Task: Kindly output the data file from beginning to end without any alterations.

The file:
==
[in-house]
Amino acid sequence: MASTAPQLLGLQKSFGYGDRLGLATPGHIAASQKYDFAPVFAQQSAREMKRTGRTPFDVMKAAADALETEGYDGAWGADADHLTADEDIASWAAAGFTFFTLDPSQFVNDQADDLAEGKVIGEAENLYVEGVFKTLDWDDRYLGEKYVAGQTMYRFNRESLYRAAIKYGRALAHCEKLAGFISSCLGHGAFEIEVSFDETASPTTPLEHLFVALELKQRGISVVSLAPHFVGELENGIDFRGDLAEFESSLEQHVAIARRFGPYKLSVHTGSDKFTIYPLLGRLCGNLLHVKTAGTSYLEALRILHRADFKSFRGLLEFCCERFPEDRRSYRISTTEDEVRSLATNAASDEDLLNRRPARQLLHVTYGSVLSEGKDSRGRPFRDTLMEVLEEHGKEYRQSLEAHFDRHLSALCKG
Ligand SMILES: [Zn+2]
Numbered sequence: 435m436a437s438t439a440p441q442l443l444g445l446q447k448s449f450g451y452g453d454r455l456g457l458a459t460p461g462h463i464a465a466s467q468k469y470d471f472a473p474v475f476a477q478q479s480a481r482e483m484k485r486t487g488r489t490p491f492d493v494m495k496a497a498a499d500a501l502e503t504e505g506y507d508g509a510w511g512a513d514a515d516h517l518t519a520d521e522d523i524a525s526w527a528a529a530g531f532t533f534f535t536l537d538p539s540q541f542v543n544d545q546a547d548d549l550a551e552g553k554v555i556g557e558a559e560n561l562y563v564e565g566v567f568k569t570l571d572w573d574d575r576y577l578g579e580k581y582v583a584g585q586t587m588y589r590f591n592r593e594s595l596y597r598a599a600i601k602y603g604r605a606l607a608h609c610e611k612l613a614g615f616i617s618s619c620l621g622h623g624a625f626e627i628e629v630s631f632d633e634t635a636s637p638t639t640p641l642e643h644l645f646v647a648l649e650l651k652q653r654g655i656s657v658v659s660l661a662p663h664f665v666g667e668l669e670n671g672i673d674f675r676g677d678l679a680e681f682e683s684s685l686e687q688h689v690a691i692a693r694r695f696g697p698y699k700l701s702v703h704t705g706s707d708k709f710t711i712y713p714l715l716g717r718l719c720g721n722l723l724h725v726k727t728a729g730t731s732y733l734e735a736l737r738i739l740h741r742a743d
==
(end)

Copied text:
[in-house]
Amino acid sequence: MASTAPQLLGLQKSFGYGDRLGLATPGHIAASQKYDFAPVFAQQSAREMKRTGRTPFDVMKAAADALETEGYDGAWGADADHLTADEDIASWAAAGFTFFTLDPSQFVNDQADDLAEGKVIGEAENLYVEGVFKTLDWDDRYLGEKYVAGQTMYRFNRESLYRAAIKYGRALAHCEKLAGFISSCLGHGAFEIEVSFDETASPTTPLEHLFVALELKQRGISVVSLAPHFVGELENGIDFRGDLAEFESSLEQHVAIARRFGPYKLSVHTGSDKFTIYPLLGRLCGNLLHVKTAGTSYLEALRILHRADFKSFRGLLEFCCERFPEDRRSYRISTTEDEVRSLATNAASDEDLLNRRPARQLLHVTYGSVLSEGKDSRGRPFRDTLMEVLEEHGKEYRQSLEAHFDRHLSALCKG
Ligand SMILES: [Zn+2]
Numbered sequence: 435m436a437s438t439a440p441q442l443l444g445l446q447k448s449f450g451y452g453d454r455l456g457l458a459t460p461g462h463i464a465a466s467q468k469y470d471f472a473p474v475f476a477q478q479s480a481r482e483m484k485r486t487g488r489t490p491f492d493v494m495k496a497a498a499d500a501l502e503t504e505g506y507d508g509a510w511g512a513d514a515d516h517l518t519a520d521e522d523i524a525s526w527a528a529a530g531f532t533f534f535t536l537d538p539s540q541f542v543n544d545q546a547d548d549l550a551e552g553k554v555i556g557e558a559e560n561l562y563v564e565g566v567f568k569t570l571d572w573d574d575r576y577l578g579e580k581y582v583a584g585q586t587m588y589r590f591n592r593e594s595l596y597r598a599a600i601k602y603g604r605a606l607a608h609c610e611k612l613a614g615f616i617s618s619c620l621g622h623g624a625f626e627i628e629v630s631f632d633e634t635a636s637p638t639t640p641l642e643h644l645f646v647a648l649e650l651k652q653r654g655i656s657v658v659s660l661a662p663h664f665v666g667e668l669e670n671g672i673d674f675r676g677d678l679a680e681f682e683s684s685l686e687q688h689v690a691i692a693r694r695f696g697p698y699k700l701s702v703h704t705g706s707d708k709f710t711i712y713p714l715l716g717r718l719c720g721n722l723l724h725v726k727t728a729g730t731s732y733l734e735a736l737r738i739l740h741r742a743d